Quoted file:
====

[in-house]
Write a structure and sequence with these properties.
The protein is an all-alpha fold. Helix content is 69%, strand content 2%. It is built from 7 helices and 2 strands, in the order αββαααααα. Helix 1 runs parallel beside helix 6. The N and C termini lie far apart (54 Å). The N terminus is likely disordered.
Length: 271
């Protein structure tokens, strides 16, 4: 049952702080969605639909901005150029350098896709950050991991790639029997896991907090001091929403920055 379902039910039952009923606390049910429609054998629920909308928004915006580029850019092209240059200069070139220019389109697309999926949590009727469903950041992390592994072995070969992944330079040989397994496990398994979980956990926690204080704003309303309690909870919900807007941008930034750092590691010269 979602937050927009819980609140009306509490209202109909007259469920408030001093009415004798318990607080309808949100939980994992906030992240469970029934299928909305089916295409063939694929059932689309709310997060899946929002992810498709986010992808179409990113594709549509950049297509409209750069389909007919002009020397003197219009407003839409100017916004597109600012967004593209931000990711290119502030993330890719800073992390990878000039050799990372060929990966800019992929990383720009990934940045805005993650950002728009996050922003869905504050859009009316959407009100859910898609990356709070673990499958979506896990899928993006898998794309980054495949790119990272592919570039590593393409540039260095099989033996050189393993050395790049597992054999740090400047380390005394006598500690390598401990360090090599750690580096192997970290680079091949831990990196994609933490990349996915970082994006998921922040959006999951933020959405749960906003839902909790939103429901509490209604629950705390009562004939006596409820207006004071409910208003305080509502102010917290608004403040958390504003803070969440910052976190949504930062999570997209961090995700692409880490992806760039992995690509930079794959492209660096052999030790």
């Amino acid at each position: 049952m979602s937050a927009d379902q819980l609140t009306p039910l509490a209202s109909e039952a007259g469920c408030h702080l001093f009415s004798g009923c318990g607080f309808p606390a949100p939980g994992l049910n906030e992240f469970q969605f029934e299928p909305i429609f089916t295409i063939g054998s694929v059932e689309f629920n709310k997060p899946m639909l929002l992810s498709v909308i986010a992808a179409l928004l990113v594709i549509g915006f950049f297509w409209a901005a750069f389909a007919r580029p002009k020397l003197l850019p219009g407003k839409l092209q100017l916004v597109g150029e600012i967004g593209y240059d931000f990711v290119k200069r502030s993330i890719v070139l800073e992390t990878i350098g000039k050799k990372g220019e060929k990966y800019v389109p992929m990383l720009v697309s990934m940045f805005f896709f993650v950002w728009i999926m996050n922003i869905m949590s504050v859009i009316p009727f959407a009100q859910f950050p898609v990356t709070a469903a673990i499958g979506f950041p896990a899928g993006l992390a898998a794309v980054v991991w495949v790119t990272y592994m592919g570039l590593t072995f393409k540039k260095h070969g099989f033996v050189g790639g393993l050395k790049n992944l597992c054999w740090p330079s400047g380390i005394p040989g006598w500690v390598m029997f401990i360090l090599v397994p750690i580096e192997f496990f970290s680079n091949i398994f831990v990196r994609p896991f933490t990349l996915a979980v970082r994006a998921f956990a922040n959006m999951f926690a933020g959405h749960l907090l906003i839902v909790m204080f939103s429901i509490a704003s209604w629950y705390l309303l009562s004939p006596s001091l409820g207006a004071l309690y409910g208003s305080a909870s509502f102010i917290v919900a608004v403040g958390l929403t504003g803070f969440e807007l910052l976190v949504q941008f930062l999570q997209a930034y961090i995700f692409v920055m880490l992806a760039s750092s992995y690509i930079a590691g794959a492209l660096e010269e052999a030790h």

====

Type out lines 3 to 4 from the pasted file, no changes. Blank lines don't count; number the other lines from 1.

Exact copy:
The protein is an all-alpha fold. Helix content is 69%, strand content 2%. It is built from 7 helices and 2 strands, in the order αββαααααα. Helix 1 runs parallel beside helix 6. The N and C termini lie far apart (54 Å). The N terminus is likely disordered.
Length: 271